A PSA CRJ-900 (operating as American Eagle) suffered a wing tip strike in tricky weather in Newport, Virginia. There were no injuries.
This incident happened on Sunday, the 6th of March. It involved American Airlines flight AA-5662, operating as American Eagle, through PSA Airlines. It originated in Charlotte Douglas International (KCLT), heading to Newport News Williamsburg International (KPHF), in the United States. This is an hour-long flight, that the airline runs daily, just before midday.
The flight took off from Charlotte using runway 18L, with a ten-minute delay. It settled into a cruise at FL210. The PSA crew set up an approach on runway 25 in Newport News. But they had to go around after their CRJ-900 suffered a wing tip strike. The crew informed the tower that they went around due to gusting winds.
The CRJ-900, A Wing Tip Strike And Some Bad Weather
At the time, the weather conditions looked like this:
KPHF 061654Z 22021G28KT 10SM SCT035 23/15 A3022 RMK AO2 PK WND 23031/1604 SLP231 T02330150=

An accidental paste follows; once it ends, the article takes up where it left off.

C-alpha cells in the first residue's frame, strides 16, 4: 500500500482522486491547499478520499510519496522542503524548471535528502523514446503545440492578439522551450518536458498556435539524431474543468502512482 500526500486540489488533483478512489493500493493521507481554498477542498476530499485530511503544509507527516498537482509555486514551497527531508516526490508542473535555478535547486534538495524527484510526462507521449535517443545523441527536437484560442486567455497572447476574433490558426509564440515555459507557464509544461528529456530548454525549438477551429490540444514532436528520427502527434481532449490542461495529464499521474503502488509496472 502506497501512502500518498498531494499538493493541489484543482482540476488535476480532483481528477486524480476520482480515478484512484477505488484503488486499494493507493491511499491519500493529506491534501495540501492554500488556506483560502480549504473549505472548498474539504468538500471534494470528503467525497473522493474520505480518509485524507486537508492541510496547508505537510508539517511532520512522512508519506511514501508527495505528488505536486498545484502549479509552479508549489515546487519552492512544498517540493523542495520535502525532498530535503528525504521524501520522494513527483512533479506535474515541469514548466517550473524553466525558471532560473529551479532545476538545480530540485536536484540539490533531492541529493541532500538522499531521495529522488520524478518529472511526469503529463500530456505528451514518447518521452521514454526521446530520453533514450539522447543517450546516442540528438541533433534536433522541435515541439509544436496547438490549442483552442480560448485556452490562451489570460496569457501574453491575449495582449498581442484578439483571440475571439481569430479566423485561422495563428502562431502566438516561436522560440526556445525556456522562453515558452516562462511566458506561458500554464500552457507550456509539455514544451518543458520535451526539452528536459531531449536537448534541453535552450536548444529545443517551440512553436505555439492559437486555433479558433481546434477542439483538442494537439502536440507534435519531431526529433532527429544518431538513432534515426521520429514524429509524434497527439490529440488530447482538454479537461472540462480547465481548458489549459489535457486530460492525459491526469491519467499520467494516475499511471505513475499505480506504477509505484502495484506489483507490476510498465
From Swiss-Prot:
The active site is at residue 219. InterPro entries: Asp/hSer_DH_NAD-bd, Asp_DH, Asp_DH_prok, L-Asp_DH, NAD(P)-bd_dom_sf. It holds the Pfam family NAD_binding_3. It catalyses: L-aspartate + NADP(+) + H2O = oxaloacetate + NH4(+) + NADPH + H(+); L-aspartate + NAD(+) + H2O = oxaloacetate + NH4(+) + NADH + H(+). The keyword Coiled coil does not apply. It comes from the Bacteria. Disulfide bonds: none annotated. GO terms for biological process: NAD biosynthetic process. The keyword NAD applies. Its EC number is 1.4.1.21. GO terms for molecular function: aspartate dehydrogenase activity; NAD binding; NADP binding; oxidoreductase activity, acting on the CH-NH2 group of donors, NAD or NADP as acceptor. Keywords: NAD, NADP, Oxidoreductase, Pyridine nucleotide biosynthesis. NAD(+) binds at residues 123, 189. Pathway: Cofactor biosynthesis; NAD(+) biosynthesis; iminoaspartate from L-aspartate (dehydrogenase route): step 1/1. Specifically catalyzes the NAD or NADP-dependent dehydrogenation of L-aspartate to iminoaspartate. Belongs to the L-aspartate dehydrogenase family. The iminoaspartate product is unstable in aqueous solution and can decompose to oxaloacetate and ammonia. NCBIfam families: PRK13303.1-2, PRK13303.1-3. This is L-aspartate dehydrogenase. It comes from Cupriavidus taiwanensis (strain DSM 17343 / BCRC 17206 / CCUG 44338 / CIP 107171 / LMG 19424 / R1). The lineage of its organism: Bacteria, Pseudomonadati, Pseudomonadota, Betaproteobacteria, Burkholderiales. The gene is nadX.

KPHF 061754Z 23017G24KT 10SM FEW039 24/15 A3018 RMK AO2 PK WND 22032/1703 SLP219 T02440150 10244 20161 58025=
The METARs indicate that the winds weren’t very far off the runway heading. However, there were strong gusts. Visibility wasn’t an issue. After the CRJ-900 suffered its wing tip strike, the tower advised other flight crews that the plane lost 15 knots of airspeed on final. Ten minutes after their first approach, the crew came back for another landing, without further incident.
In referring to this occurrence, the FAA classified it as an incident. The agency did expand on the amount of damage that the CRJ-900 suffered in this wing tip strike. However, the aircraft returned to service relatively quickly. The return leg to Charlotte was nearly 22 hours late, and the airline had to cancel two flights. Afterwards, the aircraft returned to regular service.
The aircraft suffering this wing tip strike is a Mitsubishi (formerly Bombardier) CRL-900, with tail number N602NN. It is just under three years old, first entering service in May 2019. PSA Airlines is its first operator, on behalf of American Airlines.
Spyros Georgilidakis has degrees in Business Enterprise and Management. He has 14 years of experience in the hospitality and travel industries, along with a passion for all-things-aviation and travel logistics. He is also an experienced writer and editor for on-line publications, and a licensed professional drone pilot.